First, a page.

Anthropological research is conducted through the Office of Anthropological Research and the Center for Archaeology, Materials and Applied Spectroscopy (CAMAS). The department has close ties with the Idaho Museum of Natural History oncampus. We have prominent interdisciplinary connections with the departments of Biological Sciences, Civil and Environmental Engineering, Geosciences, History, and the Kasiska College of Health Professions.
Several laboratory facilities are maintained by the Anthropology Department. These include the Donald E. Crabtree Laboratory for Archaeological Science, the joint Anthropology and Biological Sciences Ancient DNA Extraction Laboratory, the Archaeometallurgy and Bioanthropology Research Laboratory, as well as dedicated bioanthropology and archaeology classrooms with student bench and research space, and wet chemistry capability.
Research opportunities in all areas of interest to our faculty are regularly provided to anthropology undergrads and graduate students. We award two Teaching Assistantships, one in Anthropology and one in American Indian Studies each year. Research Assistantships have been regularly provided to graduate students for some faculty research activities. Check with us on the projected availability. Lectureships are available to advanced graduate students, and opportunities to assist professors in teaching while receiving university credits are available to a wide variety of undergrads and grads. Students interested in biomedical and medical anthropology are eligible to apply for Kasiska scholarships that are awarded regularly to anthropology students.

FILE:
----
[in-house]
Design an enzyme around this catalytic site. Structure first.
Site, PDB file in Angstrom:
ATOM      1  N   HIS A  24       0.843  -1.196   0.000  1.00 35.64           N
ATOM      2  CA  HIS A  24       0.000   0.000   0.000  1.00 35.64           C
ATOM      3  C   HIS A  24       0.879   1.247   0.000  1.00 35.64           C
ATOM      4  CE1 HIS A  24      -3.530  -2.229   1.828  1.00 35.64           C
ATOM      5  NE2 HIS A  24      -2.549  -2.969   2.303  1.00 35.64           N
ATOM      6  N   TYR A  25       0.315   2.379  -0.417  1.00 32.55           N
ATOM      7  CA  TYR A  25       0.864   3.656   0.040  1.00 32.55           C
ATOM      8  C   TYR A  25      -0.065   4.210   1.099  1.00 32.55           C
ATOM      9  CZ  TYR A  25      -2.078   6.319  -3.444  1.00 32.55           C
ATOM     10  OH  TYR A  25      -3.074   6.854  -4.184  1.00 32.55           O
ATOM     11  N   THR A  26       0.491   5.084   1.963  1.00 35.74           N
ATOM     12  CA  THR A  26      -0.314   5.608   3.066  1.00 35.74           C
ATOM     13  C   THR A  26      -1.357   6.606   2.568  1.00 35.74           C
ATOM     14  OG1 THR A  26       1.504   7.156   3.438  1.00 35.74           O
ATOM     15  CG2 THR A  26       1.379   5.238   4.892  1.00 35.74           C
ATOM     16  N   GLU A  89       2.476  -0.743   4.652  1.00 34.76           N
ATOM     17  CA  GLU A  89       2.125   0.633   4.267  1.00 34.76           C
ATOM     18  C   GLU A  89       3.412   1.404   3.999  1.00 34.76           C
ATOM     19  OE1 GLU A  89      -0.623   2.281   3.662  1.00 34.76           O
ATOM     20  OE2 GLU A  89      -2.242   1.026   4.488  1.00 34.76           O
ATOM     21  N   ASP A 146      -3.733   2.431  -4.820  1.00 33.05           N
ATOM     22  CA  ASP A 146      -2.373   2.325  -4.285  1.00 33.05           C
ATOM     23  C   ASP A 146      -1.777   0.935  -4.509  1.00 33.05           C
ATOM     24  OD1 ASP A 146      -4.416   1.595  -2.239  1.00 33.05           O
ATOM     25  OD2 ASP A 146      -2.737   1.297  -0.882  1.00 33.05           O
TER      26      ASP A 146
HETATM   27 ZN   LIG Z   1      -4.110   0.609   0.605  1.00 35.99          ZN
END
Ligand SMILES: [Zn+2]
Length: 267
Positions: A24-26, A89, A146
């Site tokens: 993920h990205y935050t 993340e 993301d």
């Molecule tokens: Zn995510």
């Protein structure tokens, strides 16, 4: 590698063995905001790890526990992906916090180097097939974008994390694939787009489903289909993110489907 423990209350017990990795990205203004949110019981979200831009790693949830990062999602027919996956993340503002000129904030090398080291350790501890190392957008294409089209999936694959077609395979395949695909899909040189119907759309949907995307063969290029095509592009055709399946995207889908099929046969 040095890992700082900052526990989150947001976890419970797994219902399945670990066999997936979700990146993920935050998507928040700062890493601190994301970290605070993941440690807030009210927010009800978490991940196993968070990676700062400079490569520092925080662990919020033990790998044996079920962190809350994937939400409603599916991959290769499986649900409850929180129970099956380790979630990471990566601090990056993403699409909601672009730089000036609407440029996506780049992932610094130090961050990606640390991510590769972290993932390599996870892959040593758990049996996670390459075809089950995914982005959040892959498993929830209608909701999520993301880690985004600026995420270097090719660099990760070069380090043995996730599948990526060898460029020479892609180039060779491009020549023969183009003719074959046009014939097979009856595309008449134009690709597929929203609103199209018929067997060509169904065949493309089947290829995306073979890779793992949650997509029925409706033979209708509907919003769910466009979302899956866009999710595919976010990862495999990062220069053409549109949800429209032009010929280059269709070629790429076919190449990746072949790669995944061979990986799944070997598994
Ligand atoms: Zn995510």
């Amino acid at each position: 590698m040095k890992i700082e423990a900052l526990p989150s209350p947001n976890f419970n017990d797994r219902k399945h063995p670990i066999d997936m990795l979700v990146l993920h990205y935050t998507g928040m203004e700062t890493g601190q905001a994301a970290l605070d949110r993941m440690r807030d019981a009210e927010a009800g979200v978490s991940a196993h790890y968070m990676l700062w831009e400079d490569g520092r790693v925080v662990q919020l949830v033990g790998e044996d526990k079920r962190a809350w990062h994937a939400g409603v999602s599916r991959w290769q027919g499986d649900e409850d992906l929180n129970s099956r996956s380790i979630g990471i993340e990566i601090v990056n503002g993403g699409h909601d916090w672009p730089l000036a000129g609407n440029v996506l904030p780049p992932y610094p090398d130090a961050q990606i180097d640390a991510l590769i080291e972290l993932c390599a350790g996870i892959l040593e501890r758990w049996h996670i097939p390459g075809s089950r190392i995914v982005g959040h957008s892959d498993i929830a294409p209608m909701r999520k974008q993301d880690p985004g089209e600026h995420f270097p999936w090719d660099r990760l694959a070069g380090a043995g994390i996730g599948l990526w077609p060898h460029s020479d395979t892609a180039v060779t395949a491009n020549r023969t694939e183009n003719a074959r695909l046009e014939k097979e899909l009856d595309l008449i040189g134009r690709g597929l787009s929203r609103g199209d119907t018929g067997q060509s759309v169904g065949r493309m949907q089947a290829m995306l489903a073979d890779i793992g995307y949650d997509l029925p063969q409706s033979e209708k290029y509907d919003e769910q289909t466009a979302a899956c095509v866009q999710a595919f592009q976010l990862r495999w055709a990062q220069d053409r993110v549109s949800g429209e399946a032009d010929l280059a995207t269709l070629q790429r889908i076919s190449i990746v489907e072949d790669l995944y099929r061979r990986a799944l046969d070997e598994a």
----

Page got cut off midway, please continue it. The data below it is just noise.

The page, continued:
Anthropologists from ISU are involved in primary research and applications of anthropological method and theory in a wide variety of geographic settings that range from the Aleutian Islands to South America and the Eurasian Steppes to Easter Island, as well as long-standing research programs in Idaho and the Great Basin. Our diverse academic and applied research programs address issues such as language survival, indigenous land tenure in tropical forest areas, the effects of catastrophic environmental change on society, the ability to predict indigenous archaeological site densities in the Great Basin, Hispanic Healthcare and stone tool technology. During most years we offer multiple opportunities for archaeological field school and anthropological laboratory research.